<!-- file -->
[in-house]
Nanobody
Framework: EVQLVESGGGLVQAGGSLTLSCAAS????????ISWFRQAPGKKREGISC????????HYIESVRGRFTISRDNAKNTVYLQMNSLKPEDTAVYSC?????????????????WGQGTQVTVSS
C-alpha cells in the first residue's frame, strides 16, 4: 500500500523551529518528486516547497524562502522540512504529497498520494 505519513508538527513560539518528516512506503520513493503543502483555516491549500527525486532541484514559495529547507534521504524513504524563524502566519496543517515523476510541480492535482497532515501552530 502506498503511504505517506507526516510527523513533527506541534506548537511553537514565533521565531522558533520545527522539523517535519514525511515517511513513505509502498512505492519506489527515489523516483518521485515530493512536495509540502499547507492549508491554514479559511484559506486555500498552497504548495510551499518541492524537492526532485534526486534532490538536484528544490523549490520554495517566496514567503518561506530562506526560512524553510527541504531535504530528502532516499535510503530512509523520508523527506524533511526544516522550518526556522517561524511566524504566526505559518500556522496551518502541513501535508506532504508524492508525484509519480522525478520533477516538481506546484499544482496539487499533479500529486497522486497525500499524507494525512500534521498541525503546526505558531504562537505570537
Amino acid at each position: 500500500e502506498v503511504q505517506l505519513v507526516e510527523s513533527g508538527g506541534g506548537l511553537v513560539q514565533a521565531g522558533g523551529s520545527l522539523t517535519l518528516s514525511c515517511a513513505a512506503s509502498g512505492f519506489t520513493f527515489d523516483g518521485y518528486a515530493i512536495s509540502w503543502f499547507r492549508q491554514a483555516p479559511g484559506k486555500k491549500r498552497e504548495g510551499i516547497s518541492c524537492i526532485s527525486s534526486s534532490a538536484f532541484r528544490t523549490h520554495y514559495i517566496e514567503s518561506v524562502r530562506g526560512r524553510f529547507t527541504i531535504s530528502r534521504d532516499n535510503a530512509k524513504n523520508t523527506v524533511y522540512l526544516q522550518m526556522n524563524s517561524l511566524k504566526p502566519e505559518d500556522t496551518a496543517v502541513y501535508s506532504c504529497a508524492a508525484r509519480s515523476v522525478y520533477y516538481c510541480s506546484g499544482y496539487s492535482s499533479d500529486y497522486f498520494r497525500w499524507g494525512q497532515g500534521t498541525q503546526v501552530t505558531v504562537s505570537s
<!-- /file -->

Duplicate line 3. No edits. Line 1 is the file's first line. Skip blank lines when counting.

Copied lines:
Framework: EVQLVESGGGLVQAGGSLTLSCAAS????????ISWFRQAPGKKREGISC????????HYIESVRGRFTISRDNAKNTVYLQMNSLKPEDTAVYSC?????????????????WGQGTQVTVSS